I like a The. Many of my blog posts are given titles with a ‘the’ randomly thrown in at the start, because I think it adds gravitas. In reality it makes everything I write sound like pompous waffle; The Glorious Now, The Pathfinder, The Slow Cut, The Quiet Corner. Scroll through this blog and you will be greeted with an array of bombastic titles opening on a The. Obviously enough I like a The in whisky too. There is a swagger to a The in a brand name – but it’s really something that needs to be earned. I’m not sure The Bells works. Maybe if they got Quasimodo in as brand ambassador.
The Macallan are the epitome of superlux – the Chanel of whisky, a magic brand that operates in a sphere beyond this mortal realm. While us chuds and morlocks bicker about whether a hundred quid is too much to spend on a whisky, The Macallan is selling random fusions of liquid and crystal art for tens or hundreds of thousands of pounds. Veblen goods or emperor’s new clothes, you decide, but they pull all of it off with confidence and style. Which makes their latest creation a little odd.
Everyone loves Four Weddings And A Funeral. Pre-fall fop king Hugh Grant, Andie McDowell not knowing if it’s still raining despite being absolutely drenched in the stuff, all the other very white and upper middle class characters whose names I cannot recall. A large part of its success is down to the wonderful direction by Mike Newell, who has a relatively low-key career despite bagging a Harry Potter and managing to coerce one of the most subtle on-screen performances from Al Pacino in Donnie Brasco (by subtle I mean not screaming about asses).
But Newell’s latest gig is a curious one indeed, as he has directed a short film/long ad for The Macallan. I wasn’t expecting it to be a bold visionary statement – Newell’s most recent big-screen venture was 2018’s painfully nondescriptThe Guernsey Literary and Potato Peel Pie Society – but I thought that the The Macallan might push the envelope a little. Reader, the envelope remains unpushed.
The mercifully short film is a mishmash of Monarch Of The Glen and a sort of tweed-clad Downton Abbey. Starring Emily Mortimer (who once starred in a little known Irish film called Last Of The High Kings opposite a then relatively unknown Jared Leto) in the lead role, the film tells the tale of how The Macallan became one of the first female-led distilleries in Scotland. Per the press release:
Janet Harbinson, known as ‘Nettie’ is a remarkable figure in The Macallan’s history. In 1918, just months before the end of the First World War, her beloved husband Alexander, who had been running the distillery at the time, sadly passed. Nettie was highly committed to the local community and following his death, she assumed control of the distillery as it was the best way to secure The Macallan for its employees and help the community.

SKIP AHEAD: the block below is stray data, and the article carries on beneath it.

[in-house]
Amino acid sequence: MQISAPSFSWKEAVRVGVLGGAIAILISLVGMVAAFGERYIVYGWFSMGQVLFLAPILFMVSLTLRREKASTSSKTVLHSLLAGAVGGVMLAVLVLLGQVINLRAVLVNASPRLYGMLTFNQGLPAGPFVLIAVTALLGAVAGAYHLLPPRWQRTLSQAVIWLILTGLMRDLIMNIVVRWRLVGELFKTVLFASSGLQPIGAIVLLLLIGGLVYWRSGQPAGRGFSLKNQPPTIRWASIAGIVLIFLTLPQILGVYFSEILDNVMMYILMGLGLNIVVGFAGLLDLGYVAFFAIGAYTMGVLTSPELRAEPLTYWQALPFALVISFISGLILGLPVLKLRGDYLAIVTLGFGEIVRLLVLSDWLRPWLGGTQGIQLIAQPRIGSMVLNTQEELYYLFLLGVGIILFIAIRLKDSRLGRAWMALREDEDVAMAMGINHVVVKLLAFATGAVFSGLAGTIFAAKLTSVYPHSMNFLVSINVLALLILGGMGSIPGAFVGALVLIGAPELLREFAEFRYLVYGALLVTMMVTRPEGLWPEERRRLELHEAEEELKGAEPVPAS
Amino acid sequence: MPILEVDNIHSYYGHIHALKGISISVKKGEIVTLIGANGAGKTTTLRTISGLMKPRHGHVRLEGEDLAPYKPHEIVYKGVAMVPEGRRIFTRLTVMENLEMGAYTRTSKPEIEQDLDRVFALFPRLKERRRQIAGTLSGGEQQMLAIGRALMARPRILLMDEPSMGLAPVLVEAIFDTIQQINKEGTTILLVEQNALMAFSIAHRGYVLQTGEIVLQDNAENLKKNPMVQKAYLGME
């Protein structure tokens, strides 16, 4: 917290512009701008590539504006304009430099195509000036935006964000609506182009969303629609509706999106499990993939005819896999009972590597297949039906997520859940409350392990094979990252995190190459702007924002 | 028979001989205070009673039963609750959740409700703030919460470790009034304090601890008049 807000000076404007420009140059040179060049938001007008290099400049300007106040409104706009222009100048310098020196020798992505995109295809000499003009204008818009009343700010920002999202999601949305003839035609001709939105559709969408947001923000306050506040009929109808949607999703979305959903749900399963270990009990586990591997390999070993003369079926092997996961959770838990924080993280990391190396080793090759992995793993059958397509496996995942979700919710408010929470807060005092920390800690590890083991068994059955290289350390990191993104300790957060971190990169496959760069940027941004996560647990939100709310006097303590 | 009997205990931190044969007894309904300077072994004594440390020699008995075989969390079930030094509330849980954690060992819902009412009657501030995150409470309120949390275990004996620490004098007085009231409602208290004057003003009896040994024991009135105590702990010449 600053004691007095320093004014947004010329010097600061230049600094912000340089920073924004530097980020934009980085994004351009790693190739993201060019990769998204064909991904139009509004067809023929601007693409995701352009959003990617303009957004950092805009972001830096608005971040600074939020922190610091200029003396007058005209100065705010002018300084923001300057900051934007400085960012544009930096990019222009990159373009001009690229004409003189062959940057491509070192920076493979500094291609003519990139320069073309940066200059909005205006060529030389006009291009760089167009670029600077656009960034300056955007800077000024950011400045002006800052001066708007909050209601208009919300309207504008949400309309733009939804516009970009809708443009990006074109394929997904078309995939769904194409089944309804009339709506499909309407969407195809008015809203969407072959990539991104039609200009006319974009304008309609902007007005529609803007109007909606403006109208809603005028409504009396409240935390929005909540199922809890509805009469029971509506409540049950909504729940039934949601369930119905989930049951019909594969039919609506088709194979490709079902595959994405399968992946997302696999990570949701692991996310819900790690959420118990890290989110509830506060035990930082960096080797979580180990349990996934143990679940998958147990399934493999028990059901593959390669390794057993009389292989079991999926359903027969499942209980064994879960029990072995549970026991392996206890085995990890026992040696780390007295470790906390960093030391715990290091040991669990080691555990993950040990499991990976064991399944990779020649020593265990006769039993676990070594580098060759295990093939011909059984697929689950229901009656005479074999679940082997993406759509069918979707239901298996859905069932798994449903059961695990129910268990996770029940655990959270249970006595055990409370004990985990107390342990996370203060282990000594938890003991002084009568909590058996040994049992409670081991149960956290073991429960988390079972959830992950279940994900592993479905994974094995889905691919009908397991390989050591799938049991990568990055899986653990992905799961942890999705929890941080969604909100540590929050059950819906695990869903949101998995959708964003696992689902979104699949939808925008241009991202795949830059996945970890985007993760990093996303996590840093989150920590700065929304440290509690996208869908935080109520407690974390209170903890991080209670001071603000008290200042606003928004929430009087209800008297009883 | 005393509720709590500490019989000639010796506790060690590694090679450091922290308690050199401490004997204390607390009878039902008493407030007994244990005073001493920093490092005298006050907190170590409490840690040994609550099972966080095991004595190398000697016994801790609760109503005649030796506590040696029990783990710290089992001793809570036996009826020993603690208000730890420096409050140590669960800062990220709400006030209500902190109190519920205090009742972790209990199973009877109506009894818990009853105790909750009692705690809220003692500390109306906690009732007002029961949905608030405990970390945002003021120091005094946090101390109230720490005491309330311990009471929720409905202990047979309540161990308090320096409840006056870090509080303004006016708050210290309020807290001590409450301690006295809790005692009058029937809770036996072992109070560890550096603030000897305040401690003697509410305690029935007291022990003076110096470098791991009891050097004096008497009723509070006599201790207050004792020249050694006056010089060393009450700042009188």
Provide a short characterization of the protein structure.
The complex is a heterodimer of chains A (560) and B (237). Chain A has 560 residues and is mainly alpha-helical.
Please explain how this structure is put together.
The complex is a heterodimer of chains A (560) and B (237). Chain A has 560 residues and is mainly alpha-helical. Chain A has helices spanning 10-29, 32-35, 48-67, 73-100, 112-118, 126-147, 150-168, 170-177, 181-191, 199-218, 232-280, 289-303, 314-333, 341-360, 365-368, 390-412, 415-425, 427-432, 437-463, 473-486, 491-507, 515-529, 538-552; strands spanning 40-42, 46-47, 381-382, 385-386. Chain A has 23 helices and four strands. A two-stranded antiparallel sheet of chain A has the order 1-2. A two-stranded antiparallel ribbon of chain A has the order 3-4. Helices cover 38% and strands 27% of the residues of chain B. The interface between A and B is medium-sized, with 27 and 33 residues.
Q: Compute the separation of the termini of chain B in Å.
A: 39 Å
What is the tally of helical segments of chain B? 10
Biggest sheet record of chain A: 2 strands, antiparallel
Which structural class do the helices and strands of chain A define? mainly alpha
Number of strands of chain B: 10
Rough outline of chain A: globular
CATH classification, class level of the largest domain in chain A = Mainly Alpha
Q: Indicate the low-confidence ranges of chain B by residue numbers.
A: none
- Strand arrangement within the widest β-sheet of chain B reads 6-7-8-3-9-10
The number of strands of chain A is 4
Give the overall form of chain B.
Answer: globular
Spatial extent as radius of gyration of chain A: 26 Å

Without setting out to do so, she also crafted The Macallan Fine & Rare 1926, which achieved legendary status after it fetched $1.9M at Sotheby’s in 2019. Several years on, it continues to be the world’s most valuable bottle of wine or spirit ever sold at auction.
Thanks for that Nettie, great job. I would suggest that whoever masterminded The Macallan becoming the key superlux whisky brand in the world probably deserves more credit, but that’s just my own begrudgery (great piece on how they did that here).
The film is striking because of its blandness – it feels painfully beige. Maybe having their wings clipped by the UK’s advertising standards authority over their deliriously pretentious Icarus ad – which looked like a pastiche ripped right from Zoolander – left them shook, but I doubt it. Everything about their operation – from the Tellytubby wonderland of their distillery to their presumably ironic grasping hands reaching around The Reach – says that safe isn’t normally part of their lexicon.
One of the most interesting aspects of the film is that the script was written by award-winning screenwriter Allan Scott, whose Hollywood hits include Priscilla Queen of the Desert, Don’t Look Now, Castaway and the excellent Netflix series, The Queen’s Gambit. The mindlowing part is this: Allan Scott is the pen name of Allan Shiach – a former chairman of The Macallan and great nephew of Nettie Harbinson. So you have someone who has helped craft some genuinely incredible work (Don’t Look Now for the love of Christ!) and is also so well connected to The Macallan that you would have to assume that they would be able to get something really remarkable over the line, and yet we end up with a short film that looks and feels – as one wag put it to me via DM – ‘like a fucking Hovis ad’.
Of course, I am looking at all this through the prism of Irish whiskey – a few years back I asked where is our Macallan. I don’t think we have an answer to that question just yet, although Midleton’s Silent Distillery releases were a good foray into the space of ultralux, super-rare whiskey. Ultimately Midleton’s strength – being the home of multiple styles and multiple brands in one very modern industrial setting – might also be its weakness in this instance; beyond the stocks from old Midleton, why pay €50,000 for a whiskey from the new distillery when you could buy a bottle of Jameson for €30? Maybe you can split the beams and have a superlux offering from the same place that creates so many mid range brands, but I don’t see it. I assume Bushmills is the one to watch – with oodles of heritage (not quite the four centuries they claim, but at least two) and a focus on one product – single malt – they should be ripe for it. The Bushmills, anyone? Perhaps some day we could even see a short film directed by time-obsessed auteur Christopher Nolan about why a distillery built in the late 1700s thinks it was built in 1608, but until then we will have to rely on our Scottish neighbours to lead the way in audiovisual self-indulgence. And in the meantime, here’s this: